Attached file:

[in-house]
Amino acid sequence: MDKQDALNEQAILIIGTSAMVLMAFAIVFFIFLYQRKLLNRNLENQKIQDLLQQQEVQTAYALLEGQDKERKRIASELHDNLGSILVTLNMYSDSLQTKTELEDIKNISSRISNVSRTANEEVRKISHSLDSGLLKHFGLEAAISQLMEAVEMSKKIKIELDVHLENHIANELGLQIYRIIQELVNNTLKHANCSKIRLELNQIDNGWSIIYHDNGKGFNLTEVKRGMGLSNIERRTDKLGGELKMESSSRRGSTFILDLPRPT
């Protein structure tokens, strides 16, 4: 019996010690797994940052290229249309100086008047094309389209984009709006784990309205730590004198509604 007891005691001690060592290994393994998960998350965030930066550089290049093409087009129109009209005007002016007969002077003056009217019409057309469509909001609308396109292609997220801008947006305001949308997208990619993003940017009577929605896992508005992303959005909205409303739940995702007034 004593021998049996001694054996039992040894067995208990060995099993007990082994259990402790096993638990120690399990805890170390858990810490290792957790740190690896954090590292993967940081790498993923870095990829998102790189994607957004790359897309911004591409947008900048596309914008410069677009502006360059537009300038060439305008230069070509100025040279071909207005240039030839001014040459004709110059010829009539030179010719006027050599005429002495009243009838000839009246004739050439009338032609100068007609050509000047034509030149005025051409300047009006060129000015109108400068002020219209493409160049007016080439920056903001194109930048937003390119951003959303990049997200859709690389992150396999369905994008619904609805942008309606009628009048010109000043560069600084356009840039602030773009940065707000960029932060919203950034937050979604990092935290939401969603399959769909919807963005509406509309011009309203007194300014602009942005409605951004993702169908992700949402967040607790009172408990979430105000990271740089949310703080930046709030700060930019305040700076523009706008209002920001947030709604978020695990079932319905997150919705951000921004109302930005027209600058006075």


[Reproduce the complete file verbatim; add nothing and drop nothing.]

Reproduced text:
[in-house]
Amino acid sequence: MDKQDALNEQAILIIGTSAMVLMAFAIVFFIFLYQRKLLNRNLENQKIQDLLQQQEVQTAYALLEGQDKERKRIASELHDNLGSILVTLNMYSDSLQTKTELEDIKNISSRISNVSRTANEEVRKISHSLDSGLLKHFGLEAAISQLMEAVEMSKKIKIELDVHLENHIANELGLQIYRIIQELVNNTLKHANCSKIRLELNQIDNGWSIIYHDNGKGFNLTEVKRGMGLSNIERRTDKLGGELKMESSSRRGSTFILDLPRPT
């Protein structure tokens, strides 16, 4: 019996010690797994940052290229249309100086008047094309389209984009709006784990309205730590004198509604 007891005691001690060592290994393994998960998350965030930066550089290049093409087009129109009209005007002016007969002077003056009217019409057309469509909001609308396109292609997220801008947006305001949308997208990619993003940017009577929605896992508005992303959005909205409303739940995702007034 004593021998049996001694054996039992040894067995208990060995099993007990082994259990402790096993638990120690399990805890170390858990810490290792957790740190690896954090590292993967940081790498993923870095990829998102790189994607957004790359897309911004591409947008900048596309914008410069677009502006360059537009300038060439305008230069070509100025040279071909207005240039030839001014040459004709110059010829009539030179010719006027050599005429002495009243009838000839009246004739050439009338032609100068007609050509000047034509030149005025051409300047009006060129000015109108400068002020219209493409160049007016080439920056903001194109930048937003390119951003959303990049997200859709690389992150396999369905994008619904609805942008309606009628009048010109000043560069600084356009840039602030773009940065707000960029932060919203950034937050979604990092935290939401969603399959769909919807963005509406509309011009309203007194300014602009942005409605951004993702169908992700949402967040607790009172408990979430105000990271740089949310703080930046709030700060930019305040700076523009706008209002920001947030709604978020695990079932319905997150919705951000921004109302930005027209600058006075």